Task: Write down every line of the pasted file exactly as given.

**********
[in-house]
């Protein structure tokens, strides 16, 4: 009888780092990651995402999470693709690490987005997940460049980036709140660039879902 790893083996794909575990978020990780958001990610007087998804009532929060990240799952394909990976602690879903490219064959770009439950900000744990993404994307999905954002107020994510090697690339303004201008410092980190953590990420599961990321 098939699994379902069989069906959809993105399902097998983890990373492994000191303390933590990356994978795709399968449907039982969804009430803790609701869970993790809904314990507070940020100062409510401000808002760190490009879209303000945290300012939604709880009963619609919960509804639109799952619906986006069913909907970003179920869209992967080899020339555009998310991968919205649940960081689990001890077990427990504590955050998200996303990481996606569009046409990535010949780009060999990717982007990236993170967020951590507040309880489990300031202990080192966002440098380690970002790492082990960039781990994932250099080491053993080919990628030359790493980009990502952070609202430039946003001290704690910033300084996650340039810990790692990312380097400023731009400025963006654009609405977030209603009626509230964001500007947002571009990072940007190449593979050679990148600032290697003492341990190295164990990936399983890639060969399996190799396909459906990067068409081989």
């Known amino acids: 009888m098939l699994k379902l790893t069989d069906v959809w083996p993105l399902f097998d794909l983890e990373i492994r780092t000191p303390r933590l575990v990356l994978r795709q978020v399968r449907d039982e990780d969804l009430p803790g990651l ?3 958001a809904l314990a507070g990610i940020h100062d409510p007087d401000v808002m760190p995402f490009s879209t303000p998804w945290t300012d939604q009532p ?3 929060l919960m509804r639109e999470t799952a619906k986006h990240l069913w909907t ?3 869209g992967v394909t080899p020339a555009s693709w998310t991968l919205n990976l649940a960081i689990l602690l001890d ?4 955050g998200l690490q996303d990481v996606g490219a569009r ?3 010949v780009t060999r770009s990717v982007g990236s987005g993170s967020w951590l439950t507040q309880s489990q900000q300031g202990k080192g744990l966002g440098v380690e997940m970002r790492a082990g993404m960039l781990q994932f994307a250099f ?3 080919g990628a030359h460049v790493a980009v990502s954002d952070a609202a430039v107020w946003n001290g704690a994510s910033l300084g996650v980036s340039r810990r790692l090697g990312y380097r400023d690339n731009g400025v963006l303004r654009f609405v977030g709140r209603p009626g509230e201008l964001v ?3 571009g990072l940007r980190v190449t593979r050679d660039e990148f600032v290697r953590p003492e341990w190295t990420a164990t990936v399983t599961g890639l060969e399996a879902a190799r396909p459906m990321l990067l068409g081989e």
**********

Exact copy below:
[in-house]
């Protein structure tokens, strides 16, 4: 009888780092990651995402999470693709690490987005997940460049980036709140660039879902 790893083996794909575990978020990780958001990610007087998804009532929060990240799952394909990976602690879903490219064959770009439950900000744990993404994307999905954002107020994510090697690339303004201008410092980190953590990420599961990321 098939699994379902069989069906959809993105399902097998983890990373492994000191303390933590990356994978795709399968449907039982969804009430803790609701869970993790809904314990507070940020100062409510401000808002760190490009879209303000945290300012939604709880009963619609919960509804639109799952619906986006069913909907970003179920869209992967080899020339555009998310991968919205649940960081689990001890077990427990504590955050998200996303990481996606569009046409990535010949780009060999990717982007990236993170967020951590507040309880489990300031202990080192966002440098380690970002790492082990960039781990994932250099080491053993080919990628030359790493980009990502952070609202430039946003001290704690910033300084996650340039810990790692990312380097400023731009400025963006654009609405977030209603009626509230964001500007947002571009990072940007190449593979050679990148600032290697003492341990190295164990990936399983890639060969399996190799396909459906990067068409081989």
């Known amino acids: 009888m098939l699994k379902l790893t069989d069906v959809w083996p993105l399902f097998d794909l983890e990373i492994r780092t000191p303390r933590l575990v990356l994978r795709q978020v399968r449907d039982e990780d969804l009430p803790g990651l ?3 958001a809904l314990a507070g990610i940020h100062d409510p007087d401000v808002m760190p995402f490009s879209t303000p998804w945290t300012d939604q009532p ?3 929060l919960m509804r639109e999470t799952a619906k986006h990240l069913w909907t ?3 869209g992967v394909t080899p020339a555009s693709w998310t991968l919205n990976l649940a960081i689990l602690l001890d ?4 955050g998200l690490q996303d990481v996606g490219a569009r ?3 010949v780009t060999r770009s990717v982007g990236s987005g993170s967020w951590l439950t507040q309880s489990q900000q300031g202990k080192g744990l966002g440098v380690e997940m970002r790492a082990g993404m960039l781990q994932f994307a250099f ?3 080919g990628a030359h460049v790493a980009v990502s954002d952070a609202a430039v107020w946003n001290g704690a994510s910033l300084g996650v980036s340039r810990r790692l090697g990312y380097r400023d690339n731009g400025v963006l303004r654009f609405v977030g709140r209603p009626g509230e201008l964001v ?3 571009g990072l940007r980190v190449t593979r050679d660039e990148f600032v290697r953590p003492e341990w190295t990420a164990t990936v399983t599961g890639l060969e399996a879902a190799r396909p459906m990321l990067l068409g081989e």